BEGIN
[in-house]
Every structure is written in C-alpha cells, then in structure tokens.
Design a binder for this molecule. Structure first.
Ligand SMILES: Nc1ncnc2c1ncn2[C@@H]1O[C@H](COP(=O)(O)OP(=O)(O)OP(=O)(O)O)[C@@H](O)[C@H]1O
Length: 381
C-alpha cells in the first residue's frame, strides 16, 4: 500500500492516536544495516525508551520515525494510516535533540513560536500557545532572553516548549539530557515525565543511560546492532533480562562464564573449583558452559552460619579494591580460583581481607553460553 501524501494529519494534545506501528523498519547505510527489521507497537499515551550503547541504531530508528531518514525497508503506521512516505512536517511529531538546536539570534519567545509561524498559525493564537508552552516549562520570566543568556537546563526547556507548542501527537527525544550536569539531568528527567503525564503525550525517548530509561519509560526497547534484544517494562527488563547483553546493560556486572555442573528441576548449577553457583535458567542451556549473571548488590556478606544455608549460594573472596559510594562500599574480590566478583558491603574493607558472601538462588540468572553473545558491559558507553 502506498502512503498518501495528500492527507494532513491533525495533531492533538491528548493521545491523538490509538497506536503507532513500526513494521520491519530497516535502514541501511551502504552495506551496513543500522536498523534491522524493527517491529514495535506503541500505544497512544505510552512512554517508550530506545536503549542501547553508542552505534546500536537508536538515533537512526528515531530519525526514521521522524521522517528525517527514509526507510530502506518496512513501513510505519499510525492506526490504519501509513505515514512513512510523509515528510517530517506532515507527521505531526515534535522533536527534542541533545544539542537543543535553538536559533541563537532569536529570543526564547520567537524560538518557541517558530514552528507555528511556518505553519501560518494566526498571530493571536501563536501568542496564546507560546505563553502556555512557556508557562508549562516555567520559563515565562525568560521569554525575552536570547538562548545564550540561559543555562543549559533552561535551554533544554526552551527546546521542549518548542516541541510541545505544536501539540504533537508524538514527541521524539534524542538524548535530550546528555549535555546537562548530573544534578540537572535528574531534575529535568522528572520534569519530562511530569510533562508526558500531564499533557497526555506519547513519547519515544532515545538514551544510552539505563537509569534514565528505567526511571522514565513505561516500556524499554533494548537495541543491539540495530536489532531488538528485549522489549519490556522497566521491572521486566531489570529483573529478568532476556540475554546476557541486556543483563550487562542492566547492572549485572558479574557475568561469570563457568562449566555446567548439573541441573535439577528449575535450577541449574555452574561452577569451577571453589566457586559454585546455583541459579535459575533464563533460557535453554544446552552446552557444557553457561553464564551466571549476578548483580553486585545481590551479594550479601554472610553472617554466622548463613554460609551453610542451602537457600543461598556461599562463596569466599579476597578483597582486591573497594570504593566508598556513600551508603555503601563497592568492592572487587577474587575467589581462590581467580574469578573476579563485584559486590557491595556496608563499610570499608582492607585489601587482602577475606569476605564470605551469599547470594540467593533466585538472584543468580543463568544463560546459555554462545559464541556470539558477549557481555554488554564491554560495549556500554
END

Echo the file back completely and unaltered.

[in-house]
Every structure is written in C-alpha cells, then in structure tokens.
Design a binder for this molecule. Structure first.
Ligand SMILES: Nc1ncnc2c1ncn2[C@@H]1O[C@H](COP(=O)(O)OP(=O)(O)OP(=O)(O)O)[C@@H](O)[C@H]1O
Length: 381
C-alpha cells in the first residue's frame, strides 16, 4: 500500500492516536544495516525508551520515525494510516535533540513560536500557545532572553516548549539530557515525565543511560546492532533480562562464564573449583558452559552460619579494591580460583581481607553460553 501524501494529519494534545506501528523498519547505510527489521507497537499515551550503547541504531530508528531518514525497508503506521512516505512536517511529531538546536539570534519567545509561524498559525493564537508552552516549562520570566543568556537546563526547556507548542501527537527525544550536569539531568528527567503525564503525550525517548530509561519509560526497547534484544517494562527488563547483553546493560556486572555442573528441576548449577553457583535458567542451556549473571548488590556478606544455608549460594573472596559510594562500599574480590566478583558491603574493607558472601538462588540468572553473545558491559558507553 502506498502512503498518501495528500492527507494532513491533525495533531492533538491528548493521545491523538490509538497506536503507532513500526513494521520491519530497516535502514541501511551502504552495506551496513543500522536498523534491522524493527517491529514495535506503541500505544497512544505510552512512554517508550530506545536503549542501547553508542552505534546500536537508536538515533537512526528515531530519525526514521521522524521522517528525517527514509526507510530502506518496512513501513510505519499510525492506526490504519501509513505515514512513512510523509515528510517530517506532515507527521505531526515534535522533536527534542541533545544539542537543543535553538536559533541563537532569536529570543526564547520567537524560538518557541517558530514552528507555528511556518505553519501560518494566526498571530493571536501563536501568542496564546507560546505563553502556555512557556508557562508549562516555567520559563515565562525568560521569554525575552536570547538562548545564550540561559543555562543549559533552561535551554533544554526552551527546546521542549518548542516541541510541545505544536501539540504533537508524538514527541521524539534524542538524548535530550546528555549535555546537562548530573544534578540537572535528574531534575529535568522528572520534569519530562511530569510533562508526558500531564499533557497526555506519547513519547519515544532515545538514551544510552539505563537509569534514565528505567526511571522514565513505561516500556524499554533494548537495541543491539540495530536489532531488538528485549522489549519490556522497566521491572521486566531489570529483573529478568532476556540475554546476557541486556543483563550487562542492566547492572549485572558479574557475568561469570563457568562449566555446567548439573541441573535439577528449575535450577541449574555452574561452577569451577571453589566457586559454585546455583541459579535459575533464563533460557535453554544446552552446552557444557553457561553464564551466571549476578548483580553486585545481590551479594550479601554472610553472617554466622548463613554460609551453610542451602537457600543461598556461599562463596569466599579476597578483597582486591573497594570504593566508598556513600551508603555503601563497592568492592572487587577474587575467589581462590581467580574469578573476579563485584559486590557491595556496608563499610570499608582492607585489601587482602577475606569476605564470605551469599547470594540467593533466585538472584543468580543463568544463560546459555554462545559464541556470539558477549557481555554488554564491554560495549556500554